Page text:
[Editor's note: This story was updated at 10:22 a.m. CT March 29.]

U.S. gasoline stocks and distillate stockpiles dropped sharply last week as refinery runs jumped, while crude inventories grew less than anticipated, a relief for those hoping for a long-anticipated drawdown in petroleum stocks, the Energy Information Administration (EIA) said March 29.

Crude inventories rose 867,000 barrels (bbl) in the week ending March 24, compared with analysts' expectations for an increase of 1.4 MMbbl. Total inventories were nearly 534 MMbbl, EIA data shows, a record.

Gasoline and distillate stockpiles were down more than expected as refinery run rates increased, giving some hope as the energy industry reaches the end of refinery maintenance season and as driving demand is expected to rise.

"A little surprised by the magnitude of refined product draws, but gratified," said Keith Barnett, senior vice president at ARM Energy in Houston. "These stats help take away the bearish pall that has been cast over the crude market."

Gasoline stocks fell 3.7 MMbbl, compared with expectations for a 1.9-MMbbl drop, while distillate stockpiles, which includes diesel and heating oil, were down 2.5 MMbbl, vs. analyst expectations for a 1.2 MMbbl decline, the EIA said.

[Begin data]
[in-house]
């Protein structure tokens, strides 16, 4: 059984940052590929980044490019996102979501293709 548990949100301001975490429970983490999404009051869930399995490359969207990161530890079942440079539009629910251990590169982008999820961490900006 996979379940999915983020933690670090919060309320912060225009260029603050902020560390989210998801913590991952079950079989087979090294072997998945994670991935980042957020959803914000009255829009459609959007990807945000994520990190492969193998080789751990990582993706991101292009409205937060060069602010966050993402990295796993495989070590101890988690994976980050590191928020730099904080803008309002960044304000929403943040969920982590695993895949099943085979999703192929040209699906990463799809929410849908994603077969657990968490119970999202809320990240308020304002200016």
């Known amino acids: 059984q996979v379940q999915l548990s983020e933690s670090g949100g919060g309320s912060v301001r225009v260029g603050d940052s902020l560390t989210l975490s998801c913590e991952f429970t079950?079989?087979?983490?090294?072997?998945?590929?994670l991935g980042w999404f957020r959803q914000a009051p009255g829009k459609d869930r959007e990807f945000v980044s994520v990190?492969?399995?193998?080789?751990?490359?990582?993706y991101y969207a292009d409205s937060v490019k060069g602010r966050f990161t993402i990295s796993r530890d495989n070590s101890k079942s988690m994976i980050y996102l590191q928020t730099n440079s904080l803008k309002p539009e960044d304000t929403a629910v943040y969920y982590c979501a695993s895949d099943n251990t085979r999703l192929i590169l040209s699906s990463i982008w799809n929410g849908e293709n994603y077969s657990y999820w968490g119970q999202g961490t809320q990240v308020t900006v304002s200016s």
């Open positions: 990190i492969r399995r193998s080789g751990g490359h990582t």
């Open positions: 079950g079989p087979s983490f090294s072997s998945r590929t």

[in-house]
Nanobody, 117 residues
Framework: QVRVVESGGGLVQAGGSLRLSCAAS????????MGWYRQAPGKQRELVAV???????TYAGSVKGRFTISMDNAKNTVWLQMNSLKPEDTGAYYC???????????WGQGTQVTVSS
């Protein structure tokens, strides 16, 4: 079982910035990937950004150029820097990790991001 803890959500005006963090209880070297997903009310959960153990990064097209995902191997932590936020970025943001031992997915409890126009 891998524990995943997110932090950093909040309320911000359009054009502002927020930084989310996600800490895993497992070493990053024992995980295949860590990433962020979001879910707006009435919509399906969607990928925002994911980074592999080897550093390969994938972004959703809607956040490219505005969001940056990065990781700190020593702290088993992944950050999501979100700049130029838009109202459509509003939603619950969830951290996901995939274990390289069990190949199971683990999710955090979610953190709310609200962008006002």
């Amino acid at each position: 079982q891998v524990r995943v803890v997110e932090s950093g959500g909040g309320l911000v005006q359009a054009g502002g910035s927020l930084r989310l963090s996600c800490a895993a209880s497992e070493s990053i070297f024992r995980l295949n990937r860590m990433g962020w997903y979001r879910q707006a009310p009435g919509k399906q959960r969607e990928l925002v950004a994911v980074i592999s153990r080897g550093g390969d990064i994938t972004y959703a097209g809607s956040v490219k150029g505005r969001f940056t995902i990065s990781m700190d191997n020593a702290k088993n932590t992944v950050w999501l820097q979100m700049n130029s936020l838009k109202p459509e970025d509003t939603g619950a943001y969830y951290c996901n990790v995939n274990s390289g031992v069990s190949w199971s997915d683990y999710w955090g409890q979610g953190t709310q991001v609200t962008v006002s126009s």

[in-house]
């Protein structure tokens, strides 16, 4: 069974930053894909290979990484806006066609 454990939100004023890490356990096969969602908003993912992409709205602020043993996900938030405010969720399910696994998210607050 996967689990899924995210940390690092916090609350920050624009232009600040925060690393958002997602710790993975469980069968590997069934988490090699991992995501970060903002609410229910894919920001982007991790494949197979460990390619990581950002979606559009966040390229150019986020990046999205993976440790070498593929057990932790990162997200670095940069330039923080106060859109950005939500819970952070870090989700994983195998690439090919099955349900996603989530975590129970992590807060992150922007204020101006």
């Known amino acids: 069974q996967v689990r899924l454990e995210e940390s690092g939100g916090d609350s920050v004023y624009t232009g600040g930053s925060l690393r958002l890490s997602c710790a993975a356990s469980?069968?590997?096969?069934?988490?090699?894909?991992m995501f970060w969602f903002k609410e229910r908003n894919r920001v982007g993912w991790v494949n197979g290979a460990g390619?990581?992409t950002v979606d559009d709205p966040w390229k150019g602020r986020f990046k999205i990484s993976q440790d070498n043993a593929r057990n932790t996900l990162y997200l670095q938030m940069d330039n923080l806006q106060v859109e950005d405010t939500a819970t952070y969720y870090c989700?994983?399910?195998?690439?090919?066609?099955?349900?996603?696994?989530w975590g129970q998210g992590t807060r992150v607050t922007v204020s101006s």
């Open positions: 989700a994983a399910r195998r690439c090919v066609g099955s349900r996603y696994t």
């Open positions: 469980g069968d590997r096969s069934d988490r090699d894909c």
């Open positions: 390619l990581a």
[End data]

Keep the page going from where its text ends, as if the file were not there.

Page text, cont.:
"The large decline in gasoline inventories was notable because it came despite merely decent demand," said John Kilduff, partner at energy hedge fund Again Capital in New York.

U.S. energy prices rose after the data, led by gasoline RBOB futures which rose 2% to a three-week high of $1.6669 a gallon by 9:54 a.m. CT (15:54 GMT).

Crack spreads, a measure of refining margins, also increased, as product inventories have been declining more quickly than crude stocks.

U.S. crude futures rose 1.5% to $49.09/bbl.

At the end of last week, gasoline stocks sat at 240 MMbbl, and have fallen 7.5% over the last six weeks.

Refinery crude runs rose 425,000 bbl/d as utilization rates gained 1.9 percentage points to 89.3% of total capacity, the EIA data showed.

Crude stocks at the Cushing, Okla., delivery hub fell 220,000 bbl, EIA said.

U.S. crude imports dropped by 543,000 bbl/d.